After Chase's subsequent summer trips to Europe in the early 1880s, which included visits to Paris, he served an extensive term as president of the Society of American Artists. The Society, which had been formed to protest conservative forces at the National Academy of Design, often met in his Tenth Street Studio, where Chase used his salary from the League to rent and furnish the prestigeously large two-story space previously occupied by landscapist Albert Bierstadt. The growing collections of Chase's Tenth Street Studio paralleled his expanding family, who provided a ready source of models during winters in the City and summers at Shinnecock. One of Chase's daughters even became known as "little red note" because of her frequent placement as an accent in his landscape paintings. Chase's many quiet figure paintings set in various corners of the Tenth Street Studio documented his growing collection of stained glass, paintings, furniture, sculpture, brasses, textiles, plants, and Oriental artifacts assembled and layered in a manner typical of late-nineteenth century eclecticism. Pupils and patrons alike gathered there for his regular Sunday afternoon open house, and also for an occasional lavish gathering featuring one of the premier entertainers of the day such as Polish pianist Paderewski or the Spanish dancer Carmencita.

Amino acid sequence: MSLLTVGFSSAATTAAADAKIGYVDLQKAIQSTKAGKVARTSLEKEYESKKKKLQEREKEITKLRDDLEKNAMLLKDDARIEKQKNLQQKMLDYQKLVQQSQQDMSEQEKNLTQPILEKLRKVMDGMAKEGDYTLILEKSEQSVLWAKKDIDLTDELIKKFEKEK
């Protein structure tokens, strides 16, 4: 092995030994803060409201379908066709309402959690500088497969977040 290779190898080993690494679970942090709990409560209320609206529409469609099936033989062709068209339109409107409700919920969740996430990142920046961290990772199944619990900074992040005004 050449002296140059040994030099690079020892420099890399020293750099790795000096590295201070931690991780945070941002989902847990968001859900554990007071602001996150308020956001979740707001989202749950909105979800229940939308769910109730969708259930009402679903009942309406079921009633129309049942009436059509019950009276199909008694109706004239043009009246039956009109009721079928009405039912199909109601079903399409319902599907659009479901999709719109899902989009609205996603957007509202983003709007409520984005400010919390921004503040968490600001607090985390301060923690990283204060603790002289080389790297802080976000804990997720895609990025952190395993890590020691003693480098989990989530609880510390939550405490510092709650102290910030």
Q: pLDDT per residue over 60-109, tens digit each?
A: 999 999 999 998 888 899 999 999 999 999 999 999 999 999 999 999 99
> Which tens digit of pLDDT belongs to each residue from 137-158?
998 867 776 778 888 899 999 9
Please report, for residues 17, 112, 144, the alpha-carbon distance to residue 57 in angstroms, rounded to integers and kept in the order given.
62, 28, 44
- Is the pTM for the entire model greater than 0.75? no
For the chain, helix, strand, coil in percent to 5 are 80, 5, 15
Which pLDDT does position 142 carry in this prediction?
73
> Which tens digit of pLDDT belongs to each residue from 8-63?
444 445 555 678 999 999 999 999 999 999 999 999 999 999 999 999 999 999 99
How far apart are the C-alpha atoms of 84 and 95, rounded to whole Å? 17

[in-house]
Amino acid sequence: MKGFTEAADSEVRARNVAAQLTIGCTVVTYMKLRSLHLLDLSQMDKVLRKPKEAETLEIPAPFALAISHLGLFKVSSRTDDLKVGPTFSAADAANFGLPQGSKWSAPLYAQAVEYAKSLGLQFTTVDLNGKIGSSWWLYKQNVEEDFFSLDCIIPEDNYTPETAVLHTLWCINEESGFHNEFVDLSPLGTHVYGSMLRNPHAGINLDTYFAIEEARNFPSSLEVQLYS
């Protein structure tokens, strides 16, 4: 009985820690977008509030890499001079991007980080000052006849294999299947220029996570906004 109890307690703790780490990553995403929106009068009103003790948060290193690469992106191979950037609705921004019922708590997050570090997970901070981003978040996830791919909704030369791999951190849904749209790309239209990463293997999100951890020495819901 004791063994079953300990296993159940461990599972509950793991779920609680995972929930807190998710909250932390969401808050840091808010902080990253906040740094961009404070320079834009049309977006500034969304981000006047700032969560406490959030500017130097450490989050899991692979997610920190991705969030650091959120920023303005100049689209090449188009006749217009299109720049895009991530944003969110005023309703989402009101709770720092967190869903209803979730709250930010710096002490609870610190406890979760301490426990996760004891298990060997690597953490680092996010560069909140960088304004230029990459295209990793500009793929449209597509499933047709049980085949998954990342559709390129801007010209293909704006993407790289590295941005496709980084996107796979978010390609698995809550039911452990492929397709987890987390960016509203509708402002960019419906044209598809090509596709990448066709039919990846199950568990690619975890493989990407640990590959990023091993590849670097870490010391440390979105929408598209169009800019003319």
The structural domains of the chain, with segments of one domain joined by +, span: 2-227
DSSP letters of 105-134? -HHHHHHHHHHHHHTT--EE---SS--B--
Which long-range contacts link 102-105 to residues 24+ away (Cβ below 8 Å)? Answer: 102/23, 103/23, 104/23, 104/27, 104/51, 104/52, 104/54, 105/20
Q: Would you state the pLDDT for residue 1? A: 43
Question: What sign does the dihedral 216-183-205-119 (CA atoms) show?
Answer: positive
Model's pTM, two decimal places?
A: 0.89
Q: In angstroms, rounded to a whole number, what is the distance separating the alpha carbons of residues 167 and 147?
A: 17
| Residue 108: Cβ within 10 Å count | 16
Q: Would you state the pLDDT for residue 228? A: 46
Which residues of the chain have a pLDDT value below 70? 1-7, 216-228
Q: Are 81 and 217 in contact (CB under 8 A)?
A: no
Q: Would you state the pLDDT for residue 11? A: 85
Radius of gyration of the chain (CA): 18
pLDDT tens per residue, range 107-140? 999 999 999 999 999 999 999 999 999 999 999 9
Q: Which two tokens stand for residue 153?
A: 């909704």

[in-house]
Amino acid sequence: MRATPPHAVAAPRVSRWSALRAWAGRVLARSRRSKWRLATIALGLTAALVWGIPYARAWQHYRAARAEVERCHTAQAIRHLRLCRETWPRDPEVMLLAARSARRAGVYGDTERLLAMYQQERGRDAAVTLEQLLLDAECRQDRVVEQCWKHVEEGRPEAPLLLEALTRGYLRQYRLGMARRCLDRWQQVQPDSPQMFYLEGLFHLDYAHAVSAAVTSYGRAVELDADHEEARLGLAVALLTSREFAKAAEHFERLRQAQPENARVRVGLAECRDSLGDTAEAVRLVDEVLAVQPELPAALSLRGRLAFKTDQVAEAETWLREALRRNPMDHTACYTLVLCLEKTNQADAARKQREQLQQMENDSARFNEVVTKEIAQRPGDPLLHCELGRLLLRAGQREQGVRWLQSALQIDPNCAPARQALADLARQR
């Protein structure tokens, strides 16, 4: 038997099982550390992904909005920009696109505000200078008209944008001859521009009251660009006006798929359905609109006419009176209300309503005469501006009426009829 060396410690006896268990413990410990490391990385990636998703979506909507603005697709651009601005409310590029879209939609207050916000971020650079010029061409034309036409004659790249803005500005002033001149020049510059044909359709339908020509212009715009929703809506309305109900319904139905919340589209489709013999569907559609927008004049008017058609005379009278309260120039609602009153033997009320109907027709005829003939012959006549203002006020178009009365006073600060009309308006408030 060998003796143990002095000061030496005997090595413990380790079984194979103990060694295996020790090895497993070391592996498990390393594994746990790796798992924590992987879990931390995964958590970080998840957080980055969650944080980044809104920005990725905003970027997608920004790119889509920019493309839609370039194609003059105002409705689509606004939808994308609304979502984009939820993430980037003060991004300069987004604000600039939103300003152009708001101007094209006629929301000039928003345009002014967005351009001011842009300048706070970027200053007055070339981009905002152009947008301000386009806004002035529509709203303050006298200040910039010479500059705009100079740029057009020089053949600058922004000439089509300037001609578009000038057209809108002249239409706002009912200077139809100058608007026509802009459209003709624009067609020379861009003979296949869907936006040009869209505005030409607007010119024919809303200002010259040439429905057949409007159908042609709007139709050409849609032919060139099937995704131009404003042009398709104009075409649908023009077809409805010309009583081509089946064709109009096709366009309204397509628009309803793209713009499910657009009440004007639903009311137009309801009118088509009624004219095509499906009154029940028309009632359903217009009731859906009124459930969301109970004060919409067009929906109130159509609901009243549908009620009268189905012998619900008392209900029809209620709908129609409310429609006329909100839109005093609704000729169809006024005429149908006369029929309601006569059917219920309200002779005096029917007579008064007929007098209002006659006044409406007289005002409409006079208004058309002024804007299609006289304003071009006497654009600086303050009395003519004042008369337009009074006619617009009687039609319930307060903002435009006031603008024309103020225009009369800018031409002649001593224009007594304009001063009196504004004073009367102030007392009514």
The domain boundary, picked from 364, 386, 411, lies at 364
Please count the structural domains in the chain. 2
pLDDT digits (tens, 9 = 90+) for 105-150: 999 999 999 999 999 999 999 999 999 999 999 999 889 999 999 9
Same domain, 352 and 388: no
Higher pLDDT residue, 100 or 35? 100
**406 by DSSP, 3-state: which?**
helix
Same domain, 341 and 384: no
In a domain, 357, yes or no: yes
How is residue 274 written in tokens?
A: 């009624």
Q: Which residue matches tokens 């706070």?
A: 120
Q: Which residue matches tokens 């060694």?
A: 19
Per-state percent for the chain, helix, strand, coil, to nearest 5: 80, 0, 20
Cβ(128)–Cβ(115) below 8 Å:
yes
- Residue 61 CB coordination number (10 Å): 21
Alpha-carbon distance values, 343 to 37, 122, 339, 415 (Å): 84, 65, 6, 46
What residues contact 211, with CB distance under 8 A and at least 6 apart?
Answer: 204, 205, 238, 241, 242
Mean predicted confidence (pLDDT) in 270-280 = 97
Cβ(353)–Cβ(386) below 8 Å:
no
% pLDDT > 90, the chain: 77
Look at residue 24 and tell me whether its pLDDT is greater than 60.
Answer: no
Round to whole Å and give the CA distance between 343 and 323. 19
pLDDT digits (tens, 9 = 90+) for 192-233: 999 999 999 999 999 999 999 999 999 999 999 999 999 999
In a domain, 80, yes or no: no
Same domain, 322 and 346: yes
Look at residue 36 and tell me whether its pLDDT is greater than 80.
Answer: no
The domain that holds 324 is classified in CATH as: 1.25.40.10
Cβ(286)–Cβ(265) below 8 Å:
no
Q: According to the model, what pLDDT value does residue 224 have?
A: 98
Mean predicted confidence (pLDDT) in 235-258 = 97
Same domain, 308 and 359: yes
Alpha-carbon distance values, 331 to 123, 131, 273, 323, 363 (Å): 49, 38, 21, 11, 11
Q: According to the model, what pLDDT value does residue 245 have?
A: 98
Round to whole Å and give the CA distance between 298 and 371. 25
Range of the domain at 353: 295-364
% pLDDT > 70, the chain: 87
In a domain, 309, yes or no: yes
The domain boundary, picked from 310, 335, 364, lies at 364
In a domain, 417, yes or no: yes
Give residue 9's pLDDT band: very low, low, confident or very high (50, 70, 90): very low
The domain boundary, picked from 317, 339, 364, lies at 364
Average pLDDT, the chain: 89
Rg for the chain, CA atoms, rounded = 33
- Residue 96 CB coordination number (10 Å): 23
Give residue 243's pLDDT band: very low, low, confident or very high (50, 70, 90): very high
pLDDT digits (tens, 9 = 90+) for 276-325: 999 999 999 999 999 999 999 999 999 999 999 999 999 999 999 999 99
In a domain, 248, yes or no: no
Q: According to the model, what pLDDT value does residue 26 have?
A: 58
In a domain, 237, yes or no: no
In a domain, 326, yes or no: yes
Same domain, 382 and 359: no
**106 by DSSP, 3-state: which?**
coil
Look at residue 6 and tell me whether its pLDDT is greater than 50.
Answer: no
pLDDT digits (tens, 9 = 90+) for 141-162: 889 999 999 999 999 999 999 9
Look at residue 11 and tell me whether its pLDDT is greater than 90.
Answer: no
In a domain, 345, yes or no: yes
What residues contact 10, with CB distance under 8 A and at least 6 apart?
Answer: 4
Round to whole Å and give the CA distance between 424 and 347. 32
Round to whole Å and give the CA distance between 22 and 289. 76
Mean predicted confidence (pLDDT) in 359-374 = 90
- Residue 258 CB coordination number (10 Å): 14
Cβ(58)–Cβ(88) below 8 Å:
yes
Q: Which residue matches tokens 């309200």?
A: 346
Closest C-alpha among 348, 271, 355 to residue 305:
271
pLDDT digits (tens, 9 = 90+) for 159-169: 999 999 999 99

It was Kate Freeman Clark's connection with New York society, and specifically her studies at the Art Students League in the early 1890s under Twachtman, Wiles, and Chase, that brought her to the Shinnecock Hills School of Art in 1896 for the first of six consecutive summers. Professional artists or serious art students comprised only about one third of the students who attended the school each summer; most of Chase's students were young, well-to-do women -- like Kate Freeman Clark -- who attended daytime art classes in New York City during the winter social season. Called "little" Kate by her extended family to distinguish her from her matriarchal grandmother, "Mama" Kate Walthall Freeman, Katherine Freeman Clark had been born in Mississippi in 1875, ten years after the end of the Civil War. Her mother, Cary Freeman Clark, was descended from the socially and politically prominent Walthall family of Holly Springs, near Memphis. Her father, Edward Donaldson Clark, had practiced law in north Mississippi with Cary's uncle -- the former Confederate general Edward Cary Walthall who was distinguished locally for his valor at the Battle of Chickamauga -- and his partner, Lucius Quintus Cincinnatus Lamar. Lamar went on to serve in the U.S. House of Representatives, and then the U.S. Senate. In 1869 Clark moved to Vicksburg, where his daughter Kate lived until she was ten. She returned to her grandmother's home in Holly Springs with her mother each summer though, to avoid the deadly annual epidemics of yellow fever and cholera that plagued the lower Mississippi Delta.